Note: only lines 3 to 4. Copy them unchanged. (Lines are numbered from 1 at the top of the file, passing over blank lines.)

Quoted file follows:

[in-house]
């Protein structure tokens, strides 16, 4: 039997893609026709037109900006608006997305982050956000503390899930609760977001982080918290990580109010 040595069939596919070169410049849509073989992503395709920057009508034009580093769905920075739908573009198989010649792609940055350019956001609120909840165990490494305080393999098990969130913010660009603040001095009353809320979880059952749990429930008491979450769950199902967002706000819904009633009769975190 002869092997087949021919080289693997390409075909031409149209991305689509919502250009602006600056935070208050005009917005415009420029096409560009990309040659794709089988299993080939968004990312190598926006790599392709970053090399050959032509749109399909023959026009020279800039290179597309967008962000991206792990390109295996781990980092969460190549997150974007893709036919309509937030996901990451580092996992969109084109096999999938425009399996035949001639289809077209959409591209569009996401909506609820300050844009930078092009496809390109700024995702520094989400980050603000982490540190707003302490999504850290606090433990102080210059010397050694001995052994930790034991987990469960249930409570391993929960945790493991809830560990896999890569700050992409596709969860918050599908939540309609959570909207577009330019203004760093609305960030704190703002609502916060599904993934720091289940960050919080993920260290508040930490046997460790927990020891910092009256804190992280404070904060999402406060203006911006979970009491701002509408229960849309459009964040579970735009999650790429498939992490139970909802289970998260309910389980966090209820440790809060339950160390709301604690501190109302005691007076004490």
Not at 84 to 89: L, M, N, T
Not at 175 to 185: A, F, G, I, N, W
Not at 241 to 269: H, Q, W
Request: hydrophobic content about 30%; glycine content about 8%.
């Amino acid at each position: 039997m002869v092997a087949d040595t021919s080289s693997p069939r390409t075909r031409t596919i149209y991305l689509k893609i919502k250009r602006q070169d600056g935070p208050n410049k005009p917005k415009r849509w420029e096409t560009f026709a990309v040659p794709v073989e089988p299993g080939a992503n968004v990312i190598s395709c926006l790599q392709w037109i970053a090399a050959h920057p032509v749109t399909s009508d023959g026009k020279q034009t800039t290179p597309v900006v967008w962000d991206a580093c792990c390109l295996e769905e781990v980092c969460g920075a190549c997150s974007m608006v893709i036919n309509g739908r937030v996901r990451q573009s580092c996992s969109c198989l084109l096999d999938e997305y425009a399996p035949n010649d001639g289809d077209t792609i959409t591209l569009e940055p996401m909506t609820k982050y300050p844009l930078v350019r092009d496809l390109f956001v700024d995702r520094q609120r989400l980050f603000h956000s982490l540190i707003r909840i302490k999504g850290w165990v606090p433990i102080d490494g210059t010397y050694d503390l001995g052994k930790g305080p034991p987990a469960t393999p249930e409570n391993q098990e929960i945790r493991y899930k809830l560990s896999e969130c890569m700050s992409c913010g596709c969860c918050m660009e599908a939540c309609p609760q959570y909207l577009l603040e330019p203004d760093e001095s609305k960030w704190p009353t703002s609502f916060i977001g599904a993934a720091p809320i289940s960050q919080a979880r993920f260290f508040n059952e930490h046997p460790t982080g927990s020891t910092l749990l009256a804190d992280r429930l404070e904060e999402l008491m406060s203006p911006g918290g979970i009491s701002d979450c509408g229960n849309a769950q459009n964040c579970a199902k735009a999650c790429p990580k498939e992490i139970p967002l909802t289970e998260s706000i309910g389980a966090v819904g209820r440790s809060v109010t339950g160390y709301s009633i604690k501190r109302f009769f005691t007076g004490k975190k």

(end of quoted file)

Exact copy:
Not at 84 to 89: L, M, N, T
Not at 175 to 185: A, F, G, I, N, W